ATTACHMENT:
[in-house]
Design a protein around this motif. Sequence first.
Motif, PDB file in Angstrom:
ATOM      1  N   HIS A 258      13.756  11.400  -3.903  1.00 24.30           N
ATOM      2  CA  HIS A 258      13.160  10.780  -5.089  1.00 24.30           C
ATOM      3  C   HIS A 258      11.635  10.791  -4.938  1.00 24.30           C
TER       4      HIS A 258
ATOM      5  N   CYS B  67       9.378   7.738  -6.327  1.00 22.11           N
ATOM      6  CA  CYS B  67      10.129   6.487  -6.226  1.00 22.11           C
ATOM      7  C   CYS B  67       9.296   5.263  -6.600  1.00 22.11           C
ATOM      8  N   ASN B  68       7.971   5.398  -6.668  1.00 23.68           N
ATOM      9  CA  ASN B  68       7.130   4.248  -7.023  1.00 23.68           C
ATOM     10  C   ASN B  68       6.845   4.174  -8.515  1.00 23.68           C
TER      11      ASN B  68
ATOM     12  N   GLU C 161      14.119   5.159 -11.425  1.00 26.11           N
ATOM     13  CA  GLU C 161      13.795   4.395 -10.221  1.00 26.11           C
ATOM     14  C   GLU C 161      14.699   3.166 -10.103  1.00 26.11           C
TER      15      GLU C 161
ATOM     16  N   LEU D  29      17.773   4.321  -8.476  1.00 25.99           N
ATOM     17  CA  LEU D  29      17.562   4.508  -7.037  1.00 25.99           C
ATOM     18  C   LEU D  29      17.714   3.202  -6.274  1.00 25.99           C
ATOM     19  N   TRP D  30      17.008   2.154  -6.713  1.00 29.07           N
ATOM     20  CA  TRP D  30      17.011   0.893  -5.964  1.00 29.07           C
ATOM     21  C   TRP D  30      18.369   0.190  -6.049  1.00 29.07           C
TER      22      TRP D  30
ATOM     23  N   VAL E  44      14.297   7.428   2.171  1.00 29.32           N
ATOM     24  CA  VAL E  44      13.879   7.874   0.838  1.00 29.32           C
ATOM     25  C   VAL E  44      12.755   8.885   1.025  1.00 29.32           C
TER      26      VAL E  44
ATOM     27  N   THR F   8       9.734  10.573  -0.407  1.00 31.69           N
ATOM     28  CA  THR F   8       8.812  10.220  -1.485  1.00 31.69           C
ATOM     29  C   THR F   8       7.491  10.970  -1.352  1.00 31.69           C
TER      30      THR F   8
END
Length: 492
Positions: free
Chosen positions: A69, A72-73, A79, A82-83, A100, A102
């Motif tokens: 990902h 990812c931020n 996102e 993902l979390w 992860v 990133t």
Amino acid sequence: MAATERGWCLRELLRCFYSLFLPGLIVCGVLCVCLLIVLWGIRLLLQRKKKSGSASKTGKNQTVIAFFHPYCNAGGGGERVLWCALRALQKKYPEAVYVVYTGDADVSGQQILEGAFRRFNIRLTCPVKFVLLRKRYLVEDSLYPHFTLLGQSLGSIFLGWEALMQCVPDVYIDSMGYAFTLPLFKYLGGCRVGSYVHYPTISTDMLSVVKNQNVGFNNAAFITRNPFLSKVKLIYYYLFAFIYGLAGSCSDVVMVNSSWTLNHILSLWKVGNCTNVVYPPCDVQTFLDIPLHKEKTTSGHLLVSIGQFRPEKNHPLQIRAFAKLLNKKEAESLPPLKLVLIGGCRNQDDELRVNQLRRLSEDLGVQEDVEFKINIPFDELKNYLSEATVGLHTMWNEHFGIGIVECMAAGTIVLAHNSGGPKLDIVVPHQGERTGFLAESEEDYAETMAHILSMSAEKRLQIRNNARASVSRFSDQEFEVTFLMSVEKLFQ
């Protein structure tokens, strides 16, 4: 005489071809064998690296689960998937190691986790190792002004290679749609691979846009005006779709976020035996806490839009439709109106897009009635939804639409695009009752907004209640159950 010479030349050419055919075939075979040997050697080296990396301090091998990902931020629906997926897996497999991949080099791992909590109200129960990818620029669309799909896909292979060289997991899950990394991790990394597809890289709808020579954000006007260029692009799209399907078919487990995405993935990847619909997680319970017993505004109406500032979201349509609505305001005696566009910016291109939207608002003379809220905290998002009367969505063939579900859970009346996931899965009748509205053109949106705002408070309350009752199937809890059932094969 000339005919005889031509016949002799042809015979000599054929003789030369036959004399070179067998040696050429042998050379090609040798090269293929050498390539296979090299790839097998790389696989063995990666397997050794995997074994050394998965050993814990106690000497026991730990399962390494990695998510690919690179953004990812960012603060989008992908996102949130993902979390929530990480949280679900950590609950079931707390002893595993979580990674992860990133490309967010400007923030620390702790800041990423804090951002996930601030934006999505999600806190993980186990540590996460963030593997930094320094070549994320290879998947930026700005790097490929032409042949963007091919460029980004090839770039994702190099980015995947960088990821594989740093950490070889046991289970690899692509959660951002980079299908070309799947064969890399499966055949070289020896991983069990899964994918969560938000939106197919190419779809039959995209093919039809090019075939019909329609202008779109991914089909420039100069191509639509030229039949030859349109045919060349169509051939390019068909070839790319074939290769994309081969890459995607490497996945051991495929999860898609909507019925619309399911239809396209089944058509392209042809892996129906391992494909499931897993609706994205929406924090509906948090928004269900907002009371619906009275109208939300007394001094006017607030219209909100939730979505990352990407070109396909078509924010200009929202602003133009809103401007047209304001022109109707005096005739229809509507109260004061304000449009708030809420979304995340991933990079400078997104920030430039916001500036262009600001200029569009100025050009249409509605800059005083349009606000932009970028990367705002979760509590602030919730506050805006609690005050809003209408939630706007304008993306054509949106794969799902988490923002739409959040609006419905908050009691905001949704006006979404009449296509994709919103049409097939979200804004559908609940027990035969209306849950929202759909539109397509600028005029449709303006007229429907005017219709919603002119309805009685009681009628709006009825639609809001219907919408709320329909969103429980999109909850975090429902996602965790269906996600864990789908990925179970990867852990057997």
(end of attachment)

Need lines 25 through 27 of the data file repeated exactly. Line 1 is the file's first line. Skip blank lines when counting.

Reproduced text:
TER      22      TRP D  30
ATOM     23  N   VAL E  44      14.297   7.428   2.171  1.00 29.32           N
ATOM     24  CA  VAL E  44      13.879   7.874   0.838  1.00 29.32           C